It’s a great metaphor. God is ALWAYS trying to reach us, and uses various ways to do so! The author of Hebrews opens his letter reflecting on the past and present, “at many ties and in many ways, God spoke to our fathers by the prophets, but in these last days he has spoken to us by his Son.” Today, he speaks through his Spirit (John 14: 26), yet like the people in the Old Testament who kept missing what God was saying and like the people who listened to Jesus in person but they still missed his points - and like humans SINCE, our brains have a tendency to filter some of God’s important messages into the wrong folder! Hebrews 2:1 still applies, “therefore we must pay much closer attention to what we have heard.”
Yes, if you are getting this message, you have a church that cares about you, wants to involve you, and enjoys the thought that you’re on the other end of every communication. Will you make sure today that our messages aren’t getting filtered away, and that we have your correct email?
But more importantly, use the metaphor to make sure God is in your appropriate inbox. After all, he is social, has a ton of people on his mailing list, is promoting the best product the world could ever see (redemption & salvation!), the world considers Him “junk,” and the devil will do anything he can to keep you from getting His Word.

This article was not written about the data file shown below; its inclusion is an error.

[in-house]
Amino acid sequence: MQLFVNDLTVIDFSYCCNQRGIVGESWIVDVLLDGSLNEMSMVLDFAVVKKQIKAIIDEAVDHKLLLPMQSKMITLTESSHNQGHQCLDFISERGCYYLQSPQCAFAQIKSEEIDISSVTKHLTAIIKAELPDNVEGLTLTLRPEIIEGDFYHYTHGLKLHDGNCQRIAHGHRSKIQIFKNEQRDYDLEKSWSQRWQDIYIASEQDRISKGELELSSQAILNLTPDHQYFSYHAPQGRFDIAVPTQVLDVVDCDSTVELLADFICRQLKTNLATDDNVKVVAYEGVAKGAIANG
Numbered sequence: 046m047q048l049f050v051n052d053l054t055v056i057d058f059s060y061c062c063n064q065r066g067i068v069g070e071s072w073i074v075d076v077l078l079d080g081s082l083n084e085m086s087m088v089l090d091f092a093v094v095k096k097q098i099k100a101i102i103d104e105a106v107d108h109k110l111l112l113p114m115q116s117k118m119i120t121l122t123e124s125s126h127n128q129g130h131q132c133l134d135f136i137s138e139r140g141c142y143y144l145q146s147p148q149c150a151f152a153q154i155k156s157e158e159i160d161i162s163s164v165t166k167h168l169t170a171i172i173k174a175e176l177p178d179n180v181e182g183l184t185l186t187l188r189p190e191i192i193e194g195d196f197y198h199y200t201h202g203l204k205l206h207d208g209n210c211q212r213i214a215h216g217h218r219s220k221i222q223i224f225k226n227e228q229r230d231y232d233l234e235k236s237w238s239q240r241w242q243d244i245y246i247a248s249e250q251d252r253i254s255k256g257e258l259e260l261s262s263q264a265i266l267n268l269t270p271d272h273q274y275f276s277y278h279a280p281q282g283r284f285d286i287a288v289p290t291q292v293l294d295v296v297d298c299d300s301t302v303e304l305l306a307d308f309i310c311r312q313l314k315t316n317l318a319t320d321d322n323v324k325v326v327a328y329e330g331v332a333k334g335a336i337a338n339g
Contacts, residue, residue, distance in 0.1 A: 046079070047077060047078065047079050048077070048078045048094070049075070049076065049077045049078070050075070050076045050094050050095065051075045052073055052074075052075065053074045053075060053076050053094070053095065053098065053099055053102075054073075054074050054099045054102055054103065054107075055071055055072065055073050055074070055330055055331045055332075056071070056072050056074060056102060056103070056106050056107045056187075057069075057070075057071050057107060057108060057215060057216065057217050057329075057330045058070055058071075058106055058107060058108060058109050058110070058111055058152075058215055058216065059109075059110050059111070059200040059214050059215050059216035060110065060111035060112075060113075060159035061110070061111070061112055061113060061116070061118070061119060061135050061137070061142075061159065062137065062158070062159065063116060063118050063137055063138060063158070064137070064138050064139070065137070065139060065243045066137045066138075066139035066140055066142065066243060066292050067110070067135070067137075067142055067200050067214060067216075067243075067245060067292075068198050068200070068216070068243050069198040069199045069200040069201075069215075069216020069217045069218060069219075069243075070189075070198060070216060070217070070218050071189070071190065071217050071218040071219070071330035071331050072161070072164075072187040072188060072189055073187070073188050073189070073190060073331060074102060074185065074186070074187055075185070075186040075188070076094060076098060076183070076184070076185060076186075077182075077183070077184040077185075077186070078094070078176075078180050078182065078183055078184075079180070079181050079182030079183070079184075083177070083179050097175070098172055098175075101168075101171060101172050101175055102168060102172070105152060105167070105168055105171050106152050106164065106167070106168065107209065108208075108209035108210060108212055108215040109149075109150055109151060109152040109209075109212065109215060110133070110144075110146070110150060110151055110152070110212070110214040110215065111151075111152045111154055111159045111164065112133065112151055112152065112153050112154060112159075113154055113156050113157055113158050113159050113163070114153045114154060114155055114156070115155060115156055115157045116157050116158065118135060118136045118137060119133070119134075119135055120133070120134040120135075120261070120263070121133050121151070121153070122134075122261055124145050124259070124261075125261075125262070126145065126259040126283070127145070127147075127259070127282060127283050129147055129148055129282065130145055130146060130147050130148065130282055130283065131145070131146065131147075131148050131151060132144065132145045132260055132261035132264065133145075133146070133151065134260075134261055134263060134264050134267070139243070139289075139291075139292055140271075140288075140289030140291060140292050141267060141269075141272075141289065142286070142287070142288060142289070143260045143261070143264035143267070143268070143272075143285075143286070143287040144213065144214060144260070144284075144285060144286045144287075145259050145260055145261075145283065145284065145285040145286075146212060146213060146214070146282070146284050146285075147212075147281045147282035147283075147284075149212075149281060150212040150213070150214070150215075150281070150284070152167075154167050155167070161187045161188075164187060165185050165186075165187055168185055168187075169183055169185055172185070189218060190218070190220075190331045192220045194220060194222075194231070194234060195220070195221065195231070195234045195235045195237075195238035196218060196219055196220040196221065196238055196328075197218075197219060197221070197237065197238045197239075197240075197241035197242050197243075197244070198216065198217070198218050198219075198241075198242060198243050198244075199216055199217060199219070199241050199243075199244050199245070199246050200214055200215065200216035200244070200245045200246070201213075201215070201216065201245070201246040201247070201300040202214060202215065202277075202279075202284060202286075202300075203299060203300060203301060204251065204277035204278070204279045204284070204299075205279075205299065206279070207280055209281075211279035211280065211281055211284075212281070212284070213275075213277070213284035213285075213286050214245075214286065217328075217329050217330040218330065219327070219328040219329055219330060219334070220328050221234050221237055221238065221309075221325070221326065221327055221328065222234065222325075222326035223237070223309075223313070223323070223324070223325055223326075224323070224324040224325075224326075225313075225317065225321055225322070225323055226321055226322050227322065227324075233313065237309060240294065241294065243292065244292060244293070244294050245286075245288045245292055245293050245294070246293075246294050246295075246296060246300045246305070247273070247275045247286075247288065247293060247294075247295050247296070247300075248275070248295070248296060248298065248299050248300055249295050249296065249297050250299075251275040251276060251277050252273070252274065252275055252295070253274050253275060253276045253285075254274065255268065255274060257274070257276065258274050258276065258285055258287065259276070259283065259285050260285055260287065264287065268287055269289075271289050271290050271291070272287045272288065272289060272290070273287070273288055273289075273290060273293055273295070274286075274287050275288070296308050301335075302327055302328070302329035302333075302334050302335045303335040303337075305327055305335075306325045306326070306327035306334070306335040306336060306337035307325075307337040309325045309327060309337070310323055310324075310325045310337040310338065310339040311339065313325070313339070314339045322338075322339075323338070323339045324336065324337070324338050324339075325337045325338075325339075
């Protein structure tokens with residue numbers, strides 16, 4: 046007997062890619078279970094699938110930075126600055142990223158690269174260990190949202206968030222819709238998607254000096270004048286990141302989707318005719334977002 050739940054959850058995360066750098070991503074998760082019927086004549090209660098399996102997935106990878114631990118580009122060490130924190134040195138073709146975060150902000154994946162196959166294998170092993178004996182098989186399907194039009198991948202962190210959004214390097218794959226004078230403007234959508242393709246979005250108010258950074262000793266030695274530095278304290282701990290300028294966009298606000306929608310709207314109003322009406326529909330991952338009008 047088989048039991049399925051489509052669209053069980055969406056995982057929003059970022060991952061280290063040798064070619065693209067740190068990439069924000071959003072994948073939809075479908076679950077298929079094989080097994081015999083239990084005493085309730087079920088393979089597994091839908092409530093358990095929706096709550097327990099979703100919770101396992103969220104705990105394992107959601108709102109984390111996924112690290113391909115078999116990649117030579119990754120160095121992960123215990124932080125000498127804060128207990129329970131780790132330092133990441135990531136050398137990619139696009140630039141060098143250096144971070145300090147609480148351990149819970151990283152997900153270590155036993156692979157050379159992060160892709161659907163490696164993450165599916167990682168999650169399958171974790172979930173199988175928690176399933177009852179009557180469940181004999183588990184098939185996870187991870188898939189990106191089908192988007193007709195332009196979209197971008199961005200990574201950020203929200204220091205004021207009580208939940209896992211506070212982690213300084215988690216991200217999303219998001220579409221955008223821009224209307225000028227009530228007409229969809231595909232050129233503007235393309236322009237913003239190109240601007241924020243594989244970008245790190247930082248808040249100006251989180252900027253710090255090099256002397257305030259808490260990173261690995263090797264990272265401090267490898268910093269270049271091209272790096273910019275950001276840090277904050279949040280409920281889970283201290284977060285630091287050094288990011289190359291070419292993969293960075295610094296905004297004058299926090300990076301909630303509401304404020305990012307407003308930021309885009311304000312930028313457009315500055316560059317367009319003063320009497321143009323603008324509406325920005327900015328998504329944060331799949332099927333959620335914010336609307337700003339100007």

See you in the inbox. SK
A lot of people are ready for 2020 to be behind them, and for many good reasons. But just changing a number, flipping the calendar, and taking a deep breath really doesn’t change anything. There is so much out of our control - COVID, politics, global and domestic unrest, deceit, and full blown information warfare. The world has been shaken, and we find ourselves on our knees. And on our knees is a great place to find our “self”, find God, and strengthen the bond between us.
Of all the things that are out of our control, there is one thing, one purpose God has called us to that He wouldn’t commission us unless we could: bear fruit. This year, we are going to intentionally focus on that end goal, why it is essential, what it means, how to act towards it, and what a fruit bearing person/church/community looks like. And we’re going to go for it.
Paul says in Galatians 5: 22-23 that “the fruit of the Spirit is love, joy, peace, patience, kindness, goodness, faithfulness, and self-control. Against such things there is no law.” These are things that we could all use more of! But these are things we can’t self-motivate or force into action. They are results of a life connected to the vine (John 15: 1-17).
Growing fruit means that soil is sufficient, seeds are planted, time passes, water is given, light is shined and absorbed, time passes, branches are connected to the vine or trunk, leafy branches are pruned, time passes, flowers bloom, pollinators fertilize the seed, the flower closes and develops into a fruit. And the fruit - the love, the joy, the peace, et cetera are not meant to drop and rot away! They are meant to be life sustaining food for others!
So this new year, let us aim together, united (at home AND in church) at answering the call to action to bear fruit! It’s not a “New Year’s resolution,” that we try for thirty days like a diet and give up. It’s a “New Year All Year RESOLVE” to start with the soil with the fruit in mind.
And join me in bringing fruit to church to share, enjoy, and keep the focus on the purpose! See you at the garden! SK
Sean King is the Pastor for First Christian Church of Cisco.